Steps:

1. When riding primarily on roads, you should clean and re-lube your chain at least once every three or four rides, depending on the conditions (rain, excessive road grit, etc.).

2. Run the chain backward through a clean cotton rag until the chain is fairly clean and dry. Lube the chain with your favorite lube, making sure that some lube gets on each link. Run chain back through the rag once more to remove excess lube. Don’t have a favorite chain lube? Check out 2 of our favorites White Lightning Clean Ride or Bike Medicine Purple Extreme.

3. Clean the cassette or freewheel. You can “floss” the cassette or freewheel with a clean rag to remove built-up gunk. If it is really dirty, you may want to scrub the cassette or freewheel cogs with an old toothbrush and some de-greaser.

4.  Wipe off your front and rear derailleur. Afterward, spray the derailleur pivots with a light, penetrating lube.

5. Wipe off your chainrings from time to time with a clean rag. If they are really dirty, you may want to scrub them with an old toothbrush and some de-greaser.

6. Clean the rear derailleur jockey wheels from time to time with a clean rag to prevent the build-up of gunk.

Tips:

If your chain is really dirty, you may need to remove it to clean it properly. However, if you regularly follow the steps above, you will not need to do this. You can buy chain cleaning kits which run the chain through a solvent bath. You can also use a wide mouth soda bottle, Gatorade bottle, or old water bottle as a chain bath. Again, following the recommendations above should keep your drivetrain clean.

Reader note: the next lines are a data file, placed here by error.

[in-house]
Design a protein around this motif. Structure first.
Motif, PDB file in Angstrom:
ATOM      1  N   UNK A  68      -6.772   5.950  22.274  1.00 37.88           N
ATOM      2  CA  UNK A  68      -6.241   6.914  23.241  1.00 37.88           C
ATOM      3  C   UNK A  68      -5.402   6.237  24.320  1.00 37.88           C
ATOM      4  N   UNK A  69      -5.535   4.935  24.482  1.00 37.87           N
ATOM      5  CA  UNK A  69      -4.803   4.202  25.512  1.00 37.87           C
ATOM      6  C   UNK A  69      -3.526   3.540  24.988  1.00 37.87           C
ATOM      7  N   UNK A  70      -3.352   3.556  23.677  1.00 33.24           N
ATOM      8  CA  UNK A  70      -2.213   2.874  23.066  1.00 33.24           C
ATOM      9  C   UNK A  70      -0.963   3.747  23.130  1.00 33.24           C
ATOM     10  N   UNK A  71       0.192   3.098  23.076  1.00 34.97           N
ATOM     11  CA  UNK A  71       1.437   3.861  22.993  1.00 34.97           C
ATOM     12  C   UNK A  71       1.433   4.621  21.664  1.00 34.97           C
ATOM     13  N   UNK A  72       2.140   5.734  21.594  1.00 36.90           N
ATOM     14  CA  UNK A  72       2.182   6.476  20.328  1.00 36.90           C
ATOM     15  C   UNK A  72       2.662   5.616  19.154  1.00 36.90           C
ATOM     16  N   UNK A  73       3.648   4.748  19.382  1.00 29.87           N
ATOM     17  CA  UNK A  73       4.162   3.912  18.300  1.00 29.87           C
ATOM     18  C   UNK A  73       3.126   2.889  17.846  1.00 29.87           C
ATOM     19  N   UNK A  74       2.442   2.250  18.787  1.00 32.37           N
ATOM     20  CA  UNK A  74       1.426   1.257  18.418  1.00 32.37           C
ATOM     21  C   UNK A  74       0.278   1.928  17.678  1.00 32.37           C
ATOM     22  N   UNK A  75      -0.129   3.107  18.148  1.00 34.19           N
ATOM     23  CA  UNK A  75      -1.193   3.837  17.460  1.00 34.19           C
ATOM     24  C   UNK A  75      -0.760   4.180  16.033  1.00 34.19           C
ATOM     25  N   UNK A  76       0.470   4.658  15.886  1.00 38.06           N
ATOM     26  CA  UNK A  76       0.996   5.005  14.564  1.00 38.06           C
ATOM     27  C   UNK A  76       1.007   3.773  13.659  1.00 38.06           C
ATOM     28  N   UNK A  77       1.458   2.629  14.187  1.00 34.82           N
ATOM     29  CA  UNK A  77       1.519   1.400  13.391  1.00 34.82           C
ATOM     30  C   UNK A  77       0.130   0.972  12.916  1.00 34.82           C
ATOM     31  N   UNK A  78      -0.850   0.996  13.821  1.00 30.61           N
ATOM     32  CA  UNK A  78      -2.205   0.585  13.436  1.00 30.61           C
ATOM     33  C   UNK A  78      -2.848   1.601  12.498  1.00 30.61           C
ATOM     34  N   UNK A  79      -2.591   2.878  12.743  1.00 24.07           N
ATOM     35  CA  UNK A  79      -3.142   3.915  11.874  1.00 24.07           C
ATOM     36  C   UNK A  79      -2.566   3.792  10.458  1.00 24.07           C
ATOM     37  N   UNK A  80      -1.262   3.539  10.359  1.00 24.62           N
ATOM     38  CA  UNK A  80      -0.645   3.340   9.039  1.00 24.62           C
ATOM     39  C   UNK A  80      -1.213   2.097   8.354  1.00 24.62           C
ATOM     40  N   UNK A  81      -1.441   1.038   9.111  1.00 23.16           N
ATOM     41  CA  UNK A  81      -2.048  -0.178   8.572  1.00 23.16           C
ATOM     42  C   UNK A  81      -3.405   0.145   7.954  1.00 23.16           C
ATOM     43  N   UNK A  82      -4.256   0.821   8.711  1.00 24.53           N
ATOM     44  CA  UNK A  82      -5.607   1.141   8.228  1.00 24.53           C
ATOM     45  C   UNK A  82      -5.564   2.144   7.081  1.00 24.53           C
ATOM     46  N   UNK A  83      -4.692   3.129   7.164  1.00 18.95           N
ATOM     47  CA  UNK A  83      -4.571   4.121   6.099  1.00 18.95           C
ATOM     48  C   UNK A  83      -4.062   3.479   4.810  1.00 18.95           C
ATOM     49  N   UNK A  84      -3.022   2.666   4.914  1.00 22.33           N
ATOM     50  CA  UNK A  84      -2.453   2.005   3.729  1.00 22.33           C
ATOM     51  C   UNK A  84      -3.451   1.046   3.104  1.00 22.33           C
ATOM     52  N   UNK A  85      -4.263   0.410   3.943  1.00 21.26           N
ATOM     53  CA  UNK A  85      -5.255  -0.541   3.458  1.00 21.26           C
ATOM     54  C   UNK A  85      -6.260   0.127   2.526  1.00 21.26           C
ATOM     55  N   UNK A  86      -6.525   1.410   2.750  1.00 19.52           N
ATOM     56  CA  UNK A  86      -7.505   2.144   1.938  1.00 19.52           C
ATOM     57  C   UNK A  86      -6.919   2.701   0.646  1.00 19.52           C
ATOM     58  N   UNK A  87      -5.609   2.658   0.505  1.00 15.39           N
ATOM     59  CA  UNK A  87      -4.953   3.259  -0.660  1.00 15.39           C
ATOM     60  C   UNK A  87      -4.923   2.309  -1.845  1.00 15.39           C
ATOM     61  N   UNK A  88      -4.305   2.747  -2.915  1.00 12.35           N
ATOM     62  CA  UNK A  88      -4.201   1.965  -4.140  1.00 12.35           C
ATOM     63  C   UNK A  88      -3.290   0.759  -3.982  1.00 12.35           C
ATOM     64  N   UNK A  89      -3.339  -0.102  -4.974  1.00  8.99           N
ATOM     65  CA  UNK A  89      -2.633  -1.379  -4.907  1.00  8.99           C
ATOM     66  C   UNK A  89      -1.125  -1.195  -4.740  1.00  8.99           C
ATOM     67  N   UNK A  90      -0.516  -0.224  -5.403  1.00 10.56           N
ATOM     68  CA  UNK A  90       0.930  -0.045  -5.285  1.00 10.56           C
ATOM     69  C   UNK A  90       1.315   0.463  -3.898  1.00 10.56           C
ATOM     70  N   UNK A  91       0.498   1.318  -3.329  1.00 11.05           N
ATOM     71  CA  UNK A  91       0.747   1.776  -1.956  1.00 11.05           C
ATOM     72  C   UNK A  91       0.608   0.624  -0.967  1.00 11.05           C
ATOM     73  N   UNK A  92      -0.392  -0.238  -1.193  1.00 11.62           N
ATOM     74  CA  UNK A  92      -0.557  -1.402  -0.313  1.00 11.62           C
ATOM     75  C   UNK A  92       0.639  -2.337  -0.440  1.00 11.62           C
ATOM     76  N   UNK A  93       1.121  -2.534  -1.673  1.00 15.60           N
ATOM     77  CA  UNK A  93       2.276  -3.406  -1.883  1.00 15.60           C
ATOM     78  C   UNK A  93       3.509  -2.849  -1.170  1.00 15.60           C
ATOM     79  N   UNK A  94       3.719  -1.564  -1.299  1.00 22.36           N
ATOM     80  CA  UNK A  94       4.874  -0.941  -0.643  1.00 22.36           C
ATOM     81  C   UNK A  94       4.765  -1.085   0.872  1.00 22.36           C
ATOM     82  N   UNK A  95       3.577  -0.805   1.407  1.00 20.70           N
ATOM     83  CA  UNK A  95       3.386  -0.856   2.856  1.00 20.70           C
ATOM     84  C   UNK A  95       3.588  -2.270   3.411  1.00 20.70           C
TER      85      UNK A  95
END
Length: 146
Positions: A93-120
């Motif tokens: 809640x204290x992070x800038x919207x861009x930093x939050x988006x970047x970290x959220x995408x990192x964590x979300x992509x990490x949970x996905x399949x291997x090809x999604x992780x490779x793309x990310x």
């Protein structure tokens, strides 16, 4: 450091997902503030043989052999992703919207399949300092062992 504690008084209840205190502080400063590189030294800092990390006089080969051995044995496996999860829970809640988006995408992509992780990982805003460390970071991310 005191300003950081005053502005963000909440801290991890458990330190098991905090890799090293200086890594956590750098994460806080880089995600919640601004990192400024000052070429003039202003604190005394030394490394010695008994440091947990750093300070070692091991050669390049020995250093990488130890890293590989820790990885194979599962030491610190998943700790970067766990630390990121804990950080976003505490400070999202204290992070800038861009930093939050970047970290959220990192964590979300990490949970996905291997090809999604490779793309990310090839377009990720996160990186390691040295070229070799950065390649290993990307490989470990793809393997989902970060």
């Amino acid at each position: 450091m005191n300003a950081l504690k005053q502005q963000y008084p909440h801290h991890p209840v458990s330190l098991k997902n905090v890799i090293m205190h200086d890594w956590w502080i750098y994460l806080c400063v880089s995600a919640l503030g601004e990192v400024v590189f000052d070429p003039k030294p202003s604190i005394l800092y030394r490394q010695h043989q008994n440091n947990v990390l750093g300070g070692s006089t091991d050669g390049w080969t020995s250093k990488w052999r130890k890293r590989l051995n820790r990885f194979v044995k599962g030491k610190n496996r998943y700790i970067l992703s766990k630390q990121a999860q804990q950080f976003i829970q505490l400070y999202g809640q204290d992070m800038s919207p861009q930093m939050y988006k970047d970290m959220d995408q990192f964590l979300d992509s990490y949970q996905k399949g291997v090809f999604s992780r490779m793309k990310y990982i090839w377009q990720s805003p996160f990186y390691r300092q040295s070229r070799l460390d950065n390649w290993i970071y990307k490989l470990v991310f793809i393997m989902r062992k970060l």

You should generally replace your chain every 2000 miles. If you wait longer than that, your old chain may begin to put undue wear on your cassette or freewheel. Don’t forget to wash your bike!

Happy cleaning!

James Balentine, owner of City Limit Cycles

Learn the difference between trainers and rollers

Bicycle trainers and rollers can come in handy when your training moves indoors. Many factors can force this switch, from weather to time restrictions. Price, skill level, usage, and ability can all factor into your purchasing process. Use the info below to your advantage when shopping for trainers and rollers.

Bicycle Trainers